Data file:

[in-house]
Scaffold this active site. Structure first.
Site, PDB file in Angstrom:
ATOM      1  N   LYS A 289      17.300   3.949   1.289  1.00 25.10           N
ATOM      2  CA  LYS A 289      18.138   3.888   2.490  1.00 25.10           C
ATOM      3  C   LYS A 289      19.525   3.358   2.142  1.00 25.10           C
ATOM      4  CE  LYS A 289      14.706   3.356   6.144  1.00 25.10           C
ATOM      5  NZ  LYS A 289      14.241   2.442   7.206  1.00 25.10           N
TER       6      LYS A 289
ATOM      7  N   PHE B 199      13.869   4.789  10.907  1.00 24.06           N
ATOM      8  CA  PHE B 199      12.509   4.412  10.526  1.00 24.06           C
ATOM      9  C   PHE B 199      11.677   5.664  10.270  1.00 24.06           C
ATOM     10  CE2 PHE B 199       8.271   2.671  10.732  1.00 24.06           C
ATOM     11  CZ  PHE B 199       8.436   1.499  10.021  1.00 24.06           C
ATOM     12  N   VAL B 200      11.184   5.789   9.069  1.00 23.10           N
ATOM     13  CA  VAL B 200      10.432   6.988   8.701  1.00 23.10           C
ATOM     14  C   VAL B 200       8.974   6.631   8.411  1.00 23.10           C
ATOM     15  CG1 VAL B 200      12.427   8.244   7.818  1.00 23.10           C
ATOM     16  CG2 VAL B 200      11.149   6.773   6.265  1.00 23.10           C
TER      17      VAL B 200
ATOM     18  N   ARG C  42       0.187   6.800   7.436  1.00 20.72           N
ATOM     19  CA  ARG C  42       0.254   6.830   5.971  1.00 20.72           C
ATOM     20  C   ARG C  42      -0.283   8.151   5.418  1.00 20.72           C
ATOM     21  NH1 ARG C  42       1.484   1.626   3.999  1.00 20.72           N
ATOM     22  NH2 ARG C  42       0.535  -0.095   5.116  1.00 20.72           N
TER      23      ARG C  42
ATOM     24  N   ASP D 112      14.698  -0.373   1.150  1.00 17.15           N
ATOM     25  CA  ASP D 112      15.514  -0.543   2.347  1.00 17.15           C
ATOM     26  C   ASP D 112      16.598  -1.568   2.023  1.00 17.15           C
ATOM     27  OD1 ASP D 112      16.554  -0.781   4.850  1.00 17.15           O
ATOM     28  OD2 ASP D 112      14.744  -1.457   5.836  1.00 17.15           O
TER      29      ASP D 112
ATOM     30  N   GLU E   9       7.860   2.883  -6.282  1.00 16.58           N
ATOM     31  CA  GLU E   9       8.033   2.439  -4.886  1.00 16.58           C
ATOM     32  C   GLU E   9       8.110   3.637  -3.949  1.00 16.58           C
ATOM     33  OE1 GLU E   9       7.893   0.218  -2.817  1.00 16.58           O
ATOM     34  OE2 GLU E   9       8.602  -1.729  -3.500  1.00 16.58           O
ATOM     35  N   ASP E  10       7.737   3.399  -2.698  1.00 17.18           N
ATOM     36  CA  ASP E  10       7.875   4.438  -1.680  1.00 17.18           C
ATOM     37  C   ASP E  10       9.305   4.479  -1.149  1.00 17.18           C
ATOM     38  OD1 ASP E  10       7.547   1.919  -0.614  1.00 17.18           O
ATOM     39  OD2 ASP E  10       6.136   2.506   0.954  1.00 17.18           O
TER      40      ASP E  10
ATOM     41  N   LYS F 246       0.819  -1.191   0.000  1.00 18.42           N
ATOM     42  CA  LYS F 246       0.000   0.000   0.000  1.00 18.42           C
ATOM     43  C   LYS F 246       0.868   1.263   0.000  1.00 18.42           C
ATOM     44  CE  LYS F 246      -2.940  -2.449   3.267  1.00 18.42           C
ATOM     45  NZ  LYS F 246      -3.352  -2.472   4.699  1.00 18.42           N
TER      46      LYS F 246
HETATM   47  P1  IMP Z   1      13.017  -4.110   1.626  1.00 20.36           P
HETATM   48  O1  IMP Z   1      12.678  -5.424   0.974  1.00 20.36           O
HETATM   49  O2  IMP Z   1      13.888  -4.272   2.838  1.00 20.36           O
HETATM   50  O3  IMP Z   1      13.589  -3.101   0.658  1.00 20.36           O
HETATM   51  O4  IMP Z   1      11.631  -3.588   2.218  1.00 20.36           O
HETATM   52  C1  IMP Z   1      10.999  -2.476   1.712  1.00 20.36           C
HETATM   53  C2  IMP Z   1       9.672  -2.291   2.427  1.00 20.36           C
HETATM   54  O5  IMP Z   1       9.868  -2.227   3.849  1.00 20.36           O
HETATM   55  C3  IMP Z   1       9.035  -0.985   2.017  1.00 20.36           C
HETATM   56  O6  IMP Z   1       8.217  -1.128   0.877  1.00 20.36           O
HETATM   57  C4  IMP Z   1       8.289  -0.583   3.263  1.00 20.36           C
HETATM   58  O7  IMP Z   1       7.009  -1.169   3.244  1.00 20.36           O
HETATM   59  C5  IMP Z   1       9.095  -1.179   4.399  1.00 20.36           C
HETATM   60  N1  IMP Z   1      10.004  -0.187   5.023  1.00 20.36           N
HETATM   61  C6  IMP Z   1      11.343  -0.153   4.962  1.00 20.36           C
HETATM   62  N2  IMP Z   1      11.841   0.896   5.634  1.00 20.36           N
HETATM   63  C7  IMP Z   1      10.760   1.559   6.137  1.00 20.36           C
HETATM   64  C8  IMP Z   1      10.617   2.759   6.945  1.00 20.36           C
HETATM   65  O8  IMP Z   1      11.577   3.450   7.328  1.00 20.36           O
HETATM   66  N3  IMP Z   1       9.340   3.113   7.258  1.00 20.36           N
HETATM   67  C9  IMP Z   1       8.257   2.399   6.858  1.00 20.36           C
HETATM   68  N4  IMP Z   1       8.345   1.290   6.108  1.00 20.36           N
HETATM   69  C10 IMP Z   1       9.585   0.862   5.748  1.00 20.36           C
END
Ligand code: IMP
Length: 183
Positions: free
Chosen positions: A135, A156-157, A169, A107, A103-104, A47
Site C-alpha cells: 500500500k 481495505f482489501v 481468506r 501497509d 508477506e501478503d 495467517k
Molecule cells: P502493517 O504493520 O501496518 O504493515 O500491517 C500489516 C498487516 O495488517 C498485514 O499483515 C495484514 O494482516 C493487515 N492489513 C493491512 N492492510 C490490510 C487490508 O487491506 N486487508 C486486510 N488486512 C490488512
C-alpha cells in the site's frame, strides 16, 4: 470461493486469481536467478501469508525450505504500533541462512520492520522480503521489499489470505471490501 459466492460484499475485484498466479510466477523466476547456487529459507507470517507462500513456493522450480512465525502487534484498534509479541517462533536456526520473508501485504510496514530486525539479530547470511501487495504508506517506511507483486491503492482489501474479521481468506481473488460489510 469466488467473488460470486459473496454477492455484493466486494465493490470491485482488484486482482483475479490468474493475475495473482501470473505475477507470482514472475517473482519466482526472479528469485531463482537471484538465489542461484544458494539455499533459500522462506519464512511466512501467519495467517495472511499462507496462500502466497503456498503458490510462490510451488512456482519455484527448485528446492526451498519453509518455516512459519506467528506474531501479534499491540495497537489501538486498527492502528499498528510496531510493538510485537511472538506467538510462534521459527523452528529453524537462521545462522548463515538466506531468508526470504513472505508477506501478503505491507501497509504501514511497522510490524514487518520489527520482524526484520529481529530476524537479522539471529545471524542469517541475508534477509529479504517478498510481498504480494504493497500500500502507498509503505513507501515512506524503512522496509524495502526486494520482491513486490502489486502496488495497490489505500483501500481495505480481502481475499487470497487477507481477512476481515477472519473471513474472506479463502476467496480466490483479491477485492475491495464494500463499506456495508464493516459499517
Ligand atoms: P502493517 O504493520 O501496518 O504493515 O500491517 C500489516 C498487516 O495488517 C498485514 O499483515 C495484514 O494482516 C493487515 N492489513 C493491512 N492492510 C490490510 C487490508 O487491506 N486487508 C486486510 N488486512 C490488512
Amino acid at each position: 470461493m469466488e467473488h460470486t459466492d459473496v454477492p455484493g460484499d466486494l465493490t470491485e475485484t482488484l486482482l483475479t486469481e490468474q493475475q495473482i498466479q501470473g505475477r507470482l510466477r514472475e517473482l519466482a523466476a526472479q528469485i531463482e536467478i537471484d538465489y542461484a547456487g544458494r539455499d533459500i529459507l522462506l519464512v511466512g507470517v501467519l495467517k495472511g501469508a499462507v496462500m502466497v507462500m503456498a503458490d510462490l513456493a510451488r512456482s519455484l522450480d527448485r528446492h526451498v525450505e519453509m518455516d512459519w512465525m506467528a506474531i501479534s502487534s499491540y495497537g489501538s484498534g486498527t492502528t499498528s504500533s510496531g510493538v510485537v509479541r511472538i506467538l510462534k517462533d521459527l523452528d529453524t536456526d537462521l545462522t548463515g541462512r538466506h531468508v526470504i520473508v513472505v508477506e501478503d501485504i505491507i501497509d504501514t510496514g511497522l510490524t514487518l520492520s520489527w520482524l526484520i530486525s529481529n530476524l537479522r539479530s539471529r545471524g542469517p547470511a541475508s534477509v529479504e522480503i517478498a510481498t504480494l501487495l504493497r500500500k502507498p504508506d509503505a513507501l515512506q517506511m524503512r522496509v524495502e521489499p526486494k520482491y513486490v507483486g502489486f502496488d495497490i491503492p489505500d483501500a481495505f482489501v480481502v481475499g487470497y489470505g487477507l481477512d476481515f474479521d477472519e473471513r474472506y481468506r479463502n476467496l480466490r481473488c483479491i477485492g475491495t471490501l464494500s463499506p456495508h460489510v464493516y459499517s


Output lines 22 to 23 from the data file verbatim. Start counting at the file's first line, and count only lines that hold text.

ATOM     19  CA  ARG C  42       0.254   6.830   5.971  1.00 20.72           C
ATOM     20  C   ARG C  42      -0.283   8.151   5.418  1.00 20.72           C